Under the Völkerstrafgesetzbuch (Code of Crimes against International Law (CCAIL)), the first German war crimes trial related to atrocities committed in the Syrian Civil War was the case of Aria L., a German who had been involved in Islamist and Salafist groups in Germany since 2013 and had travelled to Idlib in Syria in 2014. Aria L. was photographed in three separate photos in front of severed heads of Syrian army members mounted on metal spears. He was convicted of the war crime of treating protected persons in a gravely humiliating or degrading manner and sentence to two years' imprisonment on 12 July 2016.[3]

German prosecutors charged two Syrians, Kamel T. and Azad R. in 2016[31] and Basel A. and Majed A. in 2018,[32] for joining Salafist militant group such as Ahrar al-Sham and Jabhat al-Nusra.

On 23 August 2019, a 33-year-old Syrian (name undisclosed) was charged in the western Germany city of Koblenz with committing war crimes.[33]

In late October 2019, two Syrians suspected of having been secret service officers, Anwar Raslan and Eyad al-Gharib, were arrested in Germany and charged with crimes against humanity. Anwar Raslan was charged with 59 counts of murder, and rape and sexual assault. Eyad al-Gharib was charged with aiding and abetting a crime against humanity. Part of the evidence was based on the photographs of the 2014 Syrian detainee report, taken by a former Syrian military police photographer, nicknamed Caesar for security reasons.[34][35]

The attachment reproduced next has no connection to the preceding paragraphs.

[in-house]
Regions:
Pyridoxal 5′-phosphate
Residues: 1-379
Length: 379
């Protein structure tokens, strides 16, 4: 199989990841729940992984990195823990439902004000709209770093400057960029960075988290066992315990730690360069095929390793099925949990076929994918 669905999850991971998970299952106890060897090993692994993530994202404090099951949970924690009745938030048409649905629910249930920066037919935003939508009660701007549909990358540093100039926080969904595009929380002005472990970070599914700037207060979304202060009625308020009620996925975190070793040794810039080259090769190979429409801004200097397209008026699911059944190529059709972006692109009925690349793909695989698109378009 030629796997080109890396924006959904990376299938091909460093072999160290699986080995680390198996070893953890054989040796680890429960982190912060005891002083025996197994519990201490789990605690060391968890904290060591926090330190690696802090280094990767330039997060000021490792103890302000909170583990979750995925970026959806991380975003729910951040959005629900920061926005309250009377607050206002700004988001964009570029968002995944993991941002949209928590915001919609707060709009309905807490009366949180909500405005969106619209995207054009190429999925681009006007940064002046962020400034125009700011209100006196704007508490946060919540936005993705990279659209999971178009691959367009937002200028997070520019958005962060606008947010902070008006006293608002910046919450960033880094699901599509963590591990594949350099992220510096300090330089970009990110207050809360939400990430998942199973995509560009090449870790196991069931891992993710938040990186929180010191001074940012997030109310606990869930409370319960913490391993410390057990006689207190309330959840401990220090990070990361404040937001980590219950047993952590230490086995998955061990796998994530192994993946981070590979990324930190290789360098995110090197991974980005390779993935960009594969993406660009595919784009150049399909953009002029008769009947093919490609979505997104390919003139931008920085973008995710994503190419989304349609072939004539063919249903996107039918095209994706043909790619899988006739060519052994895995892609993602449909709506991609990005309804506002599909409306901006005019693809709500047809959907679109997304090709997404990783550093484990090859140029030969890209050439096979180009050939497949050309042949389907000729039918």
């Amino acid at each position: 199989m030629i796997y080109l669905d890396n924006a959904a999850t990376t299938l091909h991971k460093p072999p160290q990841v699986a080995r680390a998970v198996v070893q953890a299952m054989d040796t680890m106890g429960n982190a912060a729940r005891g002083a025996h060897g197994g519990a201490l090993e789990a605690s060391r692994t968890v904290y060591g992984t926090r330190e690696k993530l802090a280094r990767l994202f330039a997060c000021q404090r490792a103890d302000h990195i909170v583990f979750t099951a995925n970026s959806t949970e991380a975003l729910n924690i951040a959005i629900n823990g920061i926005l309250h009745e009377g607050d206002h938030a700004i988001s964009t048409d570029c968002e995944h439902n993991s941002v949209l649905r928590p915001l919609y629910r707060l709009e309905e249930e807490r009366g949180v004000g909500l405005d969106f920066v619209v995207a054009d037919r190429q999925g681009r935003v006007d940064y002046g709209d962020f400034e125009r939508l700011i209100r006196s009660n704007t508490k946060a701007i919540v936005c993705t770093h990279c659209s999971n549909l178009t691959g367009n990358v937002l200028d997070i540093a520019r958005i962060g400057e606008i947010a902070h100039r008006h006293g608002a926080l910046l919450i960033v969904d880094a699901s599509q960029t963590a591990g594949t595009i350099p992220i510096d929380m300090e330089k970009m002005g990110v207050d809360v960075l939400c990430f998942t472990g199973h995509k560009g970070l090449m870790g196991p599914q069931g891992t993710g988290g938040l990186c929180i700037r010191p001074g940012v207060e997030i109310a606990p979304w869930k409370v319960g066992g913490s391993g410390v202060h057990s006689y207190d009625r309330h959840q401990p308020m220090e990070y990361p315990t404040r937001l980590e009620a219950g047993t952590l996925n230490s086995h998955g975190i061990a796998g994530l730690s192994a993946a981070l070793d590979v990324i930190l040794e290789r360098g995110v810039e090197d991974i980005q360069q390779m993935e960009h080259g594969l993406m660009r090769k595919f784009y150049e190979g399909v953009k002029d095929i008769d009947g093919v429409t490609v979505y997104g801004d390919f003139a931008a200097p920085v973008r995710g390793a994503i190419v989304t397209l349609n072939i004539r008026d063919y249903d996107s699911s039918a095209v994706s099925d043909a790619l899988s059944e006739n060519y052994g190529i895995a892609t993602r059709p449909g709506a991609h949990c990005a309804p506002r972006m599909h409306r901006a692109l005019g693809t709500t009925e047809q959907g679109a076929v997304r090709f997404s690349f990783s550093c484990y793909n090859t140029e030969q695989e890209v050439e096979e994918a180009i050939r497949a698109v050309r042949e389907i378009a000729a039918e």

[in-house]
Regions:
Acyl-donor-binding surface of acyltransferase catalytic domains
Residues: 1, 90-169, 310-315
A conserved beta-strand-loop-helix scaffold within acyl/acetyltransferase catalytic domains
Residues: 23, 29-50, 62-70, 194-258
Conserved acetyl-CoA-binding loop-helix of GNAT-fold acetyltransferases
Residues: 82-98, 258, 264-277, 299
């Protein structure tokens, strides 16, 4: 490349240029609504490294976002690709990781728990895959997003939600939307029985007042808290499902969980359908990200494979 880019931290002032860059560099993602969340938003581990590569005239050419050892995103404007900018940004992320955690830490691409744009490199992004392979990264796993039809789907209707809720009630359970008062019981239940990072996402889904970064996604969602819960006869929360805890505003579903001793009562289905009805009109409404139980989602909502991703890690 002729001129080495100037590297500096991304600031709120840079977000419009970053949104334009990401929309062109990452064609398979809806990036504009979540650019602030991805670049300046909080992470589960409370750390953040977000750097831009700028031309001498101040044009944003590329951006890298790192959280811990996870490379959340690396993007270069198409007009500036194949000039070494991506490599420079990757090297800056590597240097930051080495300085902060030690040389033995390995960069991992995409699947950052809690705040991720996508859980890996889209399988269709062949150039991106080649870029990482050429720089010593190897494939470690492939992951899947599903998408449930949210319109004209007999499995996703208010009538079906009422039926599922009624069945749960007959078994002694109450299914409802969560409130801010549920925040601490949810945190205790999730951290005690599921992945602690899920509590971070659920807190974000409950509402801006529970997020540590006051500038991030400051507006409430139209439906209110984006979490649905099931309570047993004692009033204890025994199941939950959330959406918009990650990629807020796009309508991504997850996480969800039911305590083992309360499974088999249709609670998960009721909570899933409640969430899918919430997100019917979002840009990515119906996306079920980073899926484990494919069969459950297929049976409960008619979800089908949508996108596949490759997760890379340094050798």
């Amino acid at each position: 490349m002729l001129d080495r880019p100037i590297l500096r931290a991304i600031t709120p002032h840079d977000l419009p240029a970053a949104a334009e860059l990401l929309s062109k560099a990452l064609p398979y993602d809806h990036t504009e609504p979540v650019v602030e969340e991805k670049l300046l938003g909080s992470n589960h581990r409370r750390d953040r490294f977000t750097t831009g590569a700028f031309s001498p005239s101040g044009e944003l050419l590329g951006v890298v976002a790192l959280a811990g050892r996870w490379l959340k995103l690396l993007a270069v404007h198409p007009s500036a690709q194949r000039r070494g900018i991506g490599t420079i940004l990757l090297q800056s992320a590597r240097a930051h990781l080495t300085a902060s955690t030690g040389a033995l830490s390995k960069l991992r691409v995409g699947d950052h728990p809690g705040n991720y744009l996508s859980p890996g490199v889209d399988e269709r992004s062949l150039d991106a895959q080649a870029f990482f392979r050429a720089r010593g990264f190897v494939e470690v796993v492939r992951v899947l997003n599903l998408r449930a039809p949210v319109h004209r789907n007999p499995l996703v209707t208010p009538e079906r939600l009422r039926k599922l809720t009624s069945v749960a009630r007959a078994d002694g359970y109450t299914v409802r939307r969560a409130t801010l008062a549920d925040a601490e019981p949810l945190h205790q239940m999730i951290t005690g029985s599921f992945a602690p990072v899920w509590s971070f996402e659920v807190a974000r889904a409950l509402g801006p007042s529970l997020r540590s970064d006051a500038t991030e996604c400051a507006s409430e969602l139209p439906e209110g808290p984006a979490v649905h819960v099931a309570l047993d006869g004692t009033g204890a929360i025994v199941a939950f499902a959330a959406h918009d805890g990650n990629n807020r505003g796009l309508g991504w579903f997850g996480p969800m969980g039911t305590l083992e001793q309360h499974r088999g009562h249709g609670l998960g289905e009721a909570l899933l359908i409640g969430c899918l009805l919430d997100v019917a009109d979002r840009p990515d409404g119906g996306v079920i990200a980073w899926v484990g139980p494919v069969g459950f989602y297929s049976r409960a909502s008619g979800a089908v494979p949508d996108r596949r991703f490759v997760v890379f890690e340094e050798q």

In May 2020, a Syrian doctor, Hafiz A., from Homs was accused of beating and torturing rebel men by the federal prosecutor's office in Karlsruhe.[36] In June 2020, another Syrian doctor from Homs, Alaa Moussa, was arrested in Hesse on suspicion of crimes against humanity.[37][38]

In September 2020, during the trial of Anwar Raslan and Eyad al-Gharib in Koblenz, some documents were acquired from the Branch 251 intelligence unit in Syria, which showed the move of corpses from the unit to military hospitals.[39]

In January 2021, two Syrians, Khedr A.K. and Sami A.S., were charged with membership in Jabhat al-Nusra and killing of an army officer in their homeland in 2012.[40] In February 2021, former Syrian regime officer, Eyad al-Gharib, was sentenced by a German court in Koblenz to four-and-a-half-years in prison for crimes against humanity.[41]


On 19 February 2019, nine torture survivors submitted a criminal complaint against Syrian officials.[42]


  1. ^ A German national, who has been a committed member of the Islamist and Salafist groups, murdered members of Syrian military personal and in two of these cases produced his own picture with severed heads
  2. ^ Indirectly: enabled by (state apparatus ignoring the perpetrator) or directly: perpetrated through the apparatus (black operations).



  1. ^ reports include:[1]


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  4. ^ Sir Desmond de Silva QC, former chief prosecutor of the special court for Sierra Leone, Sir Geoffrey Nice QC, the former lead prosecutor of former Yugoslavian president Slobodan Milošević, and Professor David Crane, who indicted President Charles Taylor of Liberia at the Sierra Leone court